Updated: Mar 17, 2021
Illinois is not well known for its publicly available hunting, fishing and outdoor recreational land. While western states have millions of acres set aside for such activities, here in the Midwest the private value of acreage prevented such areas from becoming available to the masses. Despite this, us Illinoisans do have a few such places to enjoy. JEPC just so happens to be one that is a stone's throw from where I live, and a host to many great memories for myself and my family.
"Settled and farmed by the mid-1800s, the contiguous farmsteads that composed Jim Edgar Panther Creek SFWA were purchased from 1968-1974 by Commonwealth Edison for development of a coal-fired, electric-power generating plant and a 5,000-acre cooling lake. The company named the 16,550-acre tract "Site M" for nearby Menard County, where coal to fuel the power plant was to be mined.
Commonwealth Edison leased about half of the acreage for cropland, and through a cooperative agreement with the IDNR also provided limited upland and forest game hunting. Through the years, hunters applying for permits to the area became well-acquainted with the Site M name.
Commonwealth Edison abandoned its plans to build a power plant at Site M in the 1980s. By virtue of its size and location, Site M became an unparalleled opportunity for the IDNR to address critical conservation needs and meet outdoor recreation demands. With funds
specifically designated for conservation purposes, the State of Illinois added the acreage to the public trust in June 1993, making Site M the largest tract ever acquired by the IDNR at that time.
Effective January 1, 2001, Panther Creek Conservation Area was absorbed into JEPC in an effort to avoid confusion and simplify site regulations. This brings the total acres of JEPC to 16,550. Panther Creek CA is now known as the West Open Unit."
(Illinois Department of Natural Resources Website)
Governor Jim Edgar, George Fleischli and Brent Manning talk about the Site M acquisition and development on site.
JEPC offers great opportunities for hunting on nearly all its acreage. Deer and pheasant are the big draw on the property and once November rolls around you will find the vehicles of optimistic hunters in most of the designated parking areas. The whitetail genetics and age structures are amazing in the area, and the habitat is as pretty as a Mark Drury farm. I, myself, harvested my first mature buck on the property in 2008 and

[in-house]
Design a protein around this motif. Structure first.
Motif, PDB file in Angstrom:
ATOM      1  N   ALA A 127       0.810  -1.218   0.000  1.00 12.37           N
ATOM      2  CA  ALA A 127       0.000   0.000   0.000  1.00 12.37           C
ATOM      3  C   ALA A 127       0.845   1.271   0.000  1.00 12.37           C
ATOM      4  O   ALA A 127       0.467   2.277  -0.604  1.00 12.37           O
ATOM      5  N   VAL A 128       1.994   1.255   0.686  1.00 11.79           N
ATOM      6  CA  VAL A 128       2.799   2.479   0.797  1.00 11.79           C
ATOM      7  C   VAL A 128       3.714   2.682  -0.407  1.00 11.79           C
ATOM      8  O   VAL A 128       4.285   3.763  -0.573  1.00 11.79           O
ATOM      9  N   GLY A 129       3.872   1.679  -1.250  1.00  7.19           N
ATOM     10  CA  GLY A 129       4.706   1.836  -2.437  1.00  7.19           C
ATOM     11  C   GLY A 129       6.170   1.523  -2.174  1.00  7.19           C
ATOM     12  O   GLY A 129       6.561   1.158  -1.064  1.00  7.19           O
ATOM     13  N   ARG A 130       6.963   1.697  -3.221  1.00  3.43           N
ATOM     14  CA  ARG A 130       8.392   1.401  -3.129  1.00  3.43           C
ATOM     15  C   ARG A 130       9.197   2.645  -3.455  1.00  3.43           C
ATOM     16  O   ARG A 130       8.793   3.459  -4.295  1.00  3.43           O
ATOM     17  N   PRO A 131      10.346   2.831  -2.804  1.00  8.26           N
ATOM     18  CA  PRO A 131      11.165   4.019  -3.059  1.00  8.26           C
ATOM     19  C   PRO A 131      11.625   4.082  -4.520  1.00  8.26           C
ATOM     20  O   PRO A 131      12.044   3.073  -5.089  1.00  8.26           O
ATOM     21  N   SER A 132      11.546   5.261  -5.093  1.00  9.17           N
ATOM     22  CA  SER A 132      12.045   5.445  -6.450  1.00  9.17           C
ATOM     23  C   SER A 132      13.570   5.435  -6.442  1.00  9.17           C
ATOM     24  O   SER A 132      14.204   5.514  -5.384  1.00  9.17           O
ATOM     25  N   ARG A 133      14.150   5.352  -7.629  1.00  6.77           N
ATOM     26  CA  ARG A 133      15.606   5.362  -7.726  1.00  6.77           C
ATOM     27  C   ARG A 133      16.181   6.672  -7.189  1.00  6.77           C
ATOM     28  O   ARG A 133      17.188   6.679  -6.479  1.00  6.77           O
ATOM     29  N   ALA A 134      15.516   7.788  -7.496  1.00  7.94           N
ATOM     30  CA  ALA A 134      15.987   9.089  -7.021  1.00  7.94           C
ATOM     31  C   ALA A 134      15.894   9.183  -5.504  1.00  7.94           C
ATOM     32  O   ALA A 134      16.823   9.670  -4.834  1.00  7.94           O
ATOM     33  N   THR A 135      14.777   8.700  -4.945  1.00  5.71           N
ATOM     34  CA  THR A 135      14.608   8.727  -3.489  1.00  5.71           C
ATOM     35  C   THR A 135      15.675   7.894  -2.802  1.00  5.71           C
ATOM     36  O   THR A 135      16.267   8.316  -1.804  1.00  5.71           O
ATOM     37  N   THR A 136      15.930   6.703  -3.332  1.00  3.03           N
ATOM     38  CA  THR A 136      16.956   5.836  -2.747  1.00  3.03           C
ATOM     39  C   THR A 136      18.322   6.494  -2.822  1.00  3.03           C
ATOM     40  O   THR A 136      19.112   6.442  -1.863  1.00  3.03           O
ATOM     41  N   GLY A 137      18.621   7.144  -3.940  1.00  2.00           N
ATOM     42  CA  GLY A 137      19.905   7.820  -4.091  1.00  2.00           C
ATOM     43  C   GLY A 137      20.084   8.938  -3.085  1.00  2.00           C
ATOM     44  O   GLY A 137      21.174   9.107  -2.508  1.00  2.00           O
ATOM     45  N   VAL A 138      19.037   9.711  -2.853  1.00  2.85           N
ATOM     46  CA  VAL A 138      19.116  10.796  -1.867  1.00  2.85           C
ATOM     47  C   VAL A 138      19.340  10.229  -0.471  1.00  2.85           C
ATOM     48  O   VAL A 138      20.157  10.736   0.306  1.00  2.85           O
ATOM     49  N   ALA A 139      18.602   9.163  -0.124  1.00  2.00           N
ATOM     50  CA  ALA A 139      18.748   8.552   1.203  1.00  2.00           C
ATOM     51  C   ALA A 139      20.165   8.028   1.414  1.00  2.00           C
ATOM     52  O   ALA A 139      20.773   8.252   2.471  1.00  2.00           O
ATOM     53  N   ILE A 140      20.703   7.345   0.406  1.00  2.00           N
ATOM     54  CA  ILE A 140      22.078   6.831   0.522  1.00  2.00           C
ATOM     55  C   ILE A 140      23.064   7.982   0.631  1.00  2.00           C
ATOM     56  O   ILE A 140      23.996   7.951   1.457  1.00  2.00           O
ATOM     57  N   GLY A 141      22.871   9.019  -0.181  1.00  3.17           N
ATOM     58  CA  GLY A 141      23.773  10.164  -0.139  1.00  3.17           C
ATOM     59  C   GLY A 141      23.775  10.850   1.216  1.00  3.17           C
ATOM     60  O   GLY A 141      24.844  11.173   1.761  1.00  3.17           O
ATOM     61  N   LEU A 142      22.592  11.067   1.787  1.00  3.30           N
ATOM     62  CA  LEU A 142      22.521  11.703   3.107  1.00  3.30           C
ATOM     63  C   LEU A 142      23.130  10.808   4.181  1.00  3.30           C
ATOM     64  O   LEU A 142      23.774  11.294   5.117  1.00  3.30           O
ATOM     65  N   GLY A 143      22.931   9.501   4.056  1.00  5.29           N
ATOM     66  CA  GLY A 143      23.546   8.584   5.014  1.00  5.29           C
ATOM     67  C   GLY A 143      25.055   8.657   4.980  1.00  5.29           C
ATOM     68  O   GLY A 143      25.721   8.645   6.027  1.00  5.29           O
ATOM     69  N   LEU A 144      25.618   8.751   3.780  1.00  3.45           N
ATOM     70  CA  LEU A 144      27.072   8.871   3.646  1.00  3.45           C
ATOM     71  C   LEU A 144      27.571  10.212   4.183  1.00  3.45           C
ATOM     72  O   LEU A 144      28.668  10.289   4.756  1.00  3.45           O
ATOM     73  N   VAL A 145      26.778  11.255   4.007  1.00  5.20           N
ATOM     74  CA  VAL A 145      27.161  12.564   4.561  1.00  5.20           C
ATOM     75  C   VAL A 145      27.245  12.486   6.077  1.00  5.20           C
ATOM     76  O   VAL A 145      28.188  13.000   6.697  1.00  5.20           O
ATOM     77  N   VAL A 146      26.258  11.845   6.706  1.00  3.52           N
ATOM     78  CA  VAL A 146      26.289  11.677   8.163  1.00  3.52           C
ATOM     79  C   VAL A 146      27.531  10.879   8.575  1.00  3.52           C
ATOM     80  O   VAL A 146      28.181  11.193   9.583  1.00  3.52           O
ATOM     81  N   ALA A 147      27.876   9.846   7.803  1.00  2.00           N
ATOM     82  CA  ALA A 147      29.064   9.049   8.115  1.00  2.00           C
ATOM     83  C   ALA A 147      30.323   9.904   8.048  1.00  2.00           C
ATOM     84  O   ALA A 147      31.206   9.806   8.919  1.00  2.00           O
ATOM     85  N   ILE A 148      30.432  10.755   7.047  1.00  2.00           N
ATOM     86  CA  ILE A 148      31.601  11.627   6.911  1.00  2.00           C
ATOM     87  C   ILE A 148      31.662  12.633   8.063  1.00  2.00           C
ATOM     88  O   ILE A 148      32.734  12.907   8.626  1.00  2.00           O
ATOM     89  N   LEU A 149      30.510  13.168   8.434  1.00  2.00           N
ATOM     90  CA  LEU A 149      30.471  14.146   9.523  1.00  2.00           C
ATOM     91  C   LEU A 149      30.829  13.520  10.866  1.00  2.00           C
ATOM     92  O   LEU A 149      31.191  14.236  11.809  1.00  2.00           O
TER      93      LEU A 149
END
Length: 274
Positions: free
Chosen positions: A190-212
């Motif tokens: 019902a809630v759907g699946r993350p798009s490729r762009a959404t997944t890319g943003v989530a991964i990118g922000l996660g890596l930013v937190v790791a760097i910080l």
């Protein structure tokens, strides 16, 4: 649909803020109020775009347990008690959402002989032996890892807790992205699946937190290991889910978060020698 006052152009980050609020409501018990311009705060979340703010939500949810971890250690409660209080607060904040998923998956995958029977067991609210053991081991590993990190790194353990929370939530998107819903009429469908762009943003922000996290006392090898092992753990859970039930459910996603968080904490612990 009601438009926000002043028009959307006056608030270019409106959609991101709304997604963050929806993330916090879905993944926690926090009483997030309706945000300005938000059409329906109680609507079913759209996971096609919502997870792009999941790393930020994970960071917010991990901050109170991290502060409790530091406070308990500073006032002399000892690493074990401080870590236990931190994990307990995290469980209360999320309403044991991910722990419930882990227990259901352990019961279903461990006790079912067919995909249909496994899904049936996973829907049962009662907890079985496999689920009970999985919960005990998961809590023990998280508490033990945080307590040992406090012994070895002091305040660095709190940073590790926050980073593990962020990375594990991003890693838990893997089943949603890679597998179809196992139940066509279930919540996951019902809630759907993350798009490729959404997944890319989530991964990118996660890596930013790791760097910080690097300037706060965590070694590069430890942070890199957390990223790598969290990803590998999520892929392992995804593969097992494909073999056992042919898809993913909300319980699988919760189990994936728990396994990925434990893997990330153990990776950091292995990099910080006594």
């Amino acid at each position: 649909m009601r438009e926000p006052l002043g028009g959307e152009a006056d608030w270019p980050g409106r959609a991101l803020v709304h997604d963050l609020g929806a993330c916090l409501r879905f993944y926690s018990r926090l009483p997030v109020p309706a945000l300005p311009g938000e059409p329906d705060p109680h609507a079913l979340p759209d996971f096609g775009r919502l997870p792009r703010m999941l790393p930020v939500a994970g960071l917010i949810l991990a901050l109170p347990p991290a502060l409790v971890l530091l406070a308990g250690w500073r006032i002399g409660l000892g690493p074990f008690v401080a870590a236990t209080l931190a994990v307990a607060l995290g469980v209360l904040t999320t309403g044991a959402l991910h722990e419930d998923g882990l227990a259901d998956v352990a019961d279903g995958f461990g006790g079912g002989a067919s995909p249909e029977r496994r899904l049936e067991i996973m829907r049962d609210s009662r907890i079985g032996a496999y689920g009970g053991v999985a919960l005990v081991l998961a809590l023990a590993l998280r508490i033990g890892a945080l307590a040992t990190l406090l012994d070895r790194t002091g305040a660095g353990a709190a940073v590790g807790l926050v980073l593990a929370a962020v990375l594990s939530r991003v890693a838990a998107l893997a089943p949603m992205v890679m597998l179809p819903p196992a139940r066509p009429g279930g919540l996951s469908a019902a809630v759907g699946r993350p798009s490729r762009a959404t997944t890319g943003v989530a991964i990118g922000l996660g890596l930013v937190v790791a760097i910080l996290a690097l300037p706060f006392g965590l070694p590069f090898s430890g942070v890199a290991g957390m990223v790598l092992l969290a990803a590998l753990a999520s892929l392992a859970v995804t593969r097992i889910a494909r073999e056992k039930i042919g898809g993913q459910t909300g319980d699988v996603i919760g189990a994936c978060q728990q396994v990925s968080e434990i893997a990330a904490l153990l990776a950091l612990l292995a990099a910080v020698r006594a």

still find myself venturing back there most years to see if I can run into one of those hunter-eluding public land giants that have made the property famous. While nonresident license plates are found all over the park chasing deer, locals dominate the "open unit" in search of pheasants. IDNR has established a pheasant release program with daily hunter quotas. Year-round you can find pheasants in the areas surrounding JEPC, proving that the mix of habitat and the state's release program has spurred a successful wild population that has become increasingly rare in the state. September dove hunters find great success in the six sunflower fields spread across the park as well, with nearly 1,500 doves being taken in 2019. Let's not forget small game hunters who find quail, woodcock, squirrels and rabbits all over the area with nearly 6,000 acres of timber. It truly is a public land hunter's paradise.
Are you more into fishing, horseback riding, camping, hiking and mountain biking? No worries, those resources are incredible as well. With three stocked lakes and multiple ponds scattered throughout the property the fishing is fantastic. The main hub of the property, Prairie Lake, sees many visitors with its fishing opportunities, rv camp sites and nearby primitive camping areas. It's also one of the only places in west central Illinois that you can find muskies. Another rv campsite at the north end of the park connects to the 26 miles of horse trails. The terrain is very diverse, hilly and perfect for hikers as well. Speaking of hikers, the park includes an additional 24 miles of mountain biking and hiking trails and three miles of paved biking/jogging trail.
IDNR's conservation efforts here are truly awesome. Since acquisition they have established two man made wetland areas, 1,200 acres of native grass, 820 acres of cool season grass, 180 acres of habitat strips, and 105 acres of trees that was once agriculture fields or pasture. There is also 175 acres of original loess hill prairie and 670 acres set aside to move towards natural forestation.
Every time I go to "Site M" I leave recharged. The vastness of natural habitat in a state so chock full of flat dirt and agriculture is a welcome sight. It truly is a nature lover's dream. I can admit that it leaves a guy wishing he could own a piece of such a place for himself. However, the greater good in having such a place available to the public is a gift to us all. For public land, I am grateful.